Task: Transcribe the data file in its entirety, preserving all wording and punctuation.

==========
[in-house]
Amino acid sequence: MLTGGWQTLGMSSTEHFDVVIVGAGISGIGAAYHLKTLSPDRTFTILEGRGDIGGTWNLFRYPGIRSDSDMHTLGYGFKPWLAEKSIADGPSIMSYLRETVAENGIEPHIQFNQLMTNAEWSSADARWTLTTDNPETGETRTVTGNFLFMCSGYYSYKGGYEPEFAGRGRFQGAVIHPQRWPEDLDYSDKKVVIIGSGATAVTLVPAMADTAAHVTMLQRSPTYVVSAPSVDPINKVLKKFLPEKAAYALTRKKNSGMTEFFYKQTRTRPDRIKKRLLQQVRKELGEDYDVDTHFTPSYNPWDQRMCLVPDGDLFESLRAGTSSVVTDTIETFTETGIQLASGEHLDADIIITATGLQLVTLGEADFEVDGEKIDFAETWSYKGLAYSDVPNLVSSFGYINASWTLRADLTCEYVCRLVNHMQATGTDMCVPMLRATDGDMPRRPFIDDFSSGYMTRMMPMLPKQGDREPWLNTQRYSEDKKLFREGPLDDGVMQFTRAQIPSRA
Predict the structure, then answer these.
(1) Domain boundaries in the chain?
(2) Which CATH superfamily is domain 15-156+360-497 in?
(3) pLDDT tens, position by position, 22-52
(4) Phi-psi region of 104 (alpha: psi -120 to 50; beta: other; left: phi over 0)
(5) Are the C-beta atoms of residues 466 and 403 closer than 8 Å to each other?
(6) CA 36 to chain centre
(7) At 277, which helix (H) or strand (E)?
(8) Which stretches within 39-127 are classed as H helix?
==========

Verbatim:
[in-house]
Amino acid sequence: MLTGGWQTLGMSSTEHFDVVIVGAGISGIGAAYHLKTLSPDRTFTILEGRGDIGGTWNLFRYPGIRSDSDMHTLGYGFKPWLAEKSIADGPSIMSYLRETVAENGIEPHIQFNQLMTNAEWSSADARWTLTTDNPETGETRTVTGNFLFMCSGYYSYKGGYEPEFAGRGRFQGAVIHPQRWPEDLDYSDKKVVIIGSGATAVTLVPAMADTAAHVTMLQRSPTYVVSAPSVDPINKVLKKFLPEKAAYALTRKKNSGMTEFFYKQTRTRPDRIKKRLLQQVRKELGEDYDVDTHFTPSYNPWDQRMCLVPDGDLFESLRAGTSSVVTDTIETFTETGIQLASGEHLDADIIITATGLQLVTLGEADFEVDGEKIDFAETWSYKGLAYSDVPNLVSSFGYINASWTLRADLTCEYVCRLVNHMQATGTDMCVPMLRATDGDMPRRPFIDDFSSGYMTRMMPMLPKQGDREPWLNTQRYSEDKKLFREGPLDDGVMQFTRAQIPSRA
Predict the structure, then answer these.
(1) Domain boundaries in the chain?
(2) Which CATH superfamily is domain 15-156+360-497 in?
(3) pLDDT tens, position by position, 22-52
(4) Phi-psi region of 104 (alpha: psi -120 to 50; beta: other; left: phi over 0)
(5) Are the C-beta atoms of residues 466 and 403 closer than 8 Å to each other?
(6) CA 36 to chain centre
(7) At 277, which helix (H) or strand (E)?
(8) Which stretches within 39-127 are classed as H helix?